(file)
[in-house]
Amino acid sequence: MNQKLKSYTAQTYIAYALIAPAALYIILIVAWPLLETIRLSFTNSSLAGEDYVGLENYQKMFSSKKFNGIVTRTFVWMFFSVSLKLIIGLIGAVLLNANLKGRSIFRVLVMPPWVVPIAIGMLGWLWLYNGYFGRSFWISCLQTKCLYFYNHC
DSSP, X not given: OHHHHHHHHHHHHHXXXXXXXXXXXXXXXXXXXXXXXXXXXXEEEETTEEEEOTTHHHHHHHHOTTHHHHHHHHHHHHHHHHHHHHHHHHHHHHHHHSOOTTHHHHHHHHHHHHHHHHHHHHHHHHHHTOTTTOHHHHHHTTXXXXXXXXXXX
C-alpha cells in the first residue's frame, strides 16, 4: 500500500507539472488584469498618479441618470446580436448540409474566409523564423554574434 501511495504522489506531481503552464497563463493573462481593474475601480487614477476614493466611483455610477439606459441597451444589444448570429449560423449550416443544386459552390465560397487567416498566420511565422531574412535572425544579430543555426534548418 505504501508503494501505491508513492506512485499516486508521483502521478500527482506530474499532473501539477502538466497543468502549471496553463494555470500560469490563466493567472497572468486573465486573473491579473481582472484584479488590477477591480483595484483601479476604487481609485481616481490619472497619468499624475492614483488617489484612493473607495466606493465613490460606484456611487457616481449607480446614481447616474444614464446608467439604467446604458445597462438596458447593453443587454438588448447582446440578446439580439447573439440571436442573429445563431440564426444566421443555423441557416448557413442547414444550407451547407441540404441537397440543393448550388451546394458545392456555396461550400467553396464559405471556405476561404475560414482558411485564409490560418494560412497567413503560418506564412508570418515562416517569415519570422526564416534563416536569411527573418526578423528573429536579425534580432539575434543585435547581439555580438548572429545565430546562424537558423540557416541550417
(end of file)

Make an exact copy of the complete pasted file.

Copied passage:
[in-house]
Amino acid sequence: MNQKLKSYTAQTYIAYALIAPAALYIILIVAWPLLETIRLSFTNSSLAGEDYVGLENYQKMFSSKKFNGIVTRTFVWMFFSVSLKLIIGLIGAVLLNANLKGRSIFRVLVMPPWVVPIAIGMLGWLWLYNGYFGRSFWISCLQTKCLYFYNHC
DSSP, X not given: OHHHHHHHHHHHHHXXXXXXXXXXXXXXXXXXXXXXXXXXXXEEEETTEEEEOTTHHHHHHHHOTTHHHHHHHHHHHHHHHHHHHHHHHHHHHHHHHSOOTTHHHHHHHHHHHHHHHHHHHHHHHHHHTOTTTOHHHHHHTTXXXXXXXXXXX
C-alpha cells in the first residue's frame, strides 16, 4: 500500500507539472488584469498618479441618470446580436448540409474566409523564423554574434 501511495504522489506531481503552464497563463493573462481593474475601480487614477476614493466611483455610477439606459441597451444589444448570429449560423449550416443544386459552390465560397487567416498566420511565422531574412535572425544579430543555426534548418 505504501508503494501505491508513492506512485499516486508521483502521478500527482506530474499532473501539477502538466497543468502549471496553463494555470500560469490563466493567472497572468486573465486573473491579473481582472484584479488590477477591480483595484483601479476604487481609485481616481490619472497619468499624475492614483488617489484612493473607495466606493465613490460606484456611487457616481449607480446614481447616474444614464446608467439604467446604458445597462438596458447593453443587454438588448447582446440578446439580439447573439440571436442573429445563431440564426444566421443555423441557416448557413442547414444550407451547407441540404441537397440543393448550388451546394458545392456555396461550400467553396464559405471556405476561404475560414482558411485564409490560418494560412497567413503560418506564412508570418515562416517569415519570422526564416534563416536569411527573418526578423528573429536579425534580432539575434543585435547581439555580438548572429545565430546562424537558423540557416541550417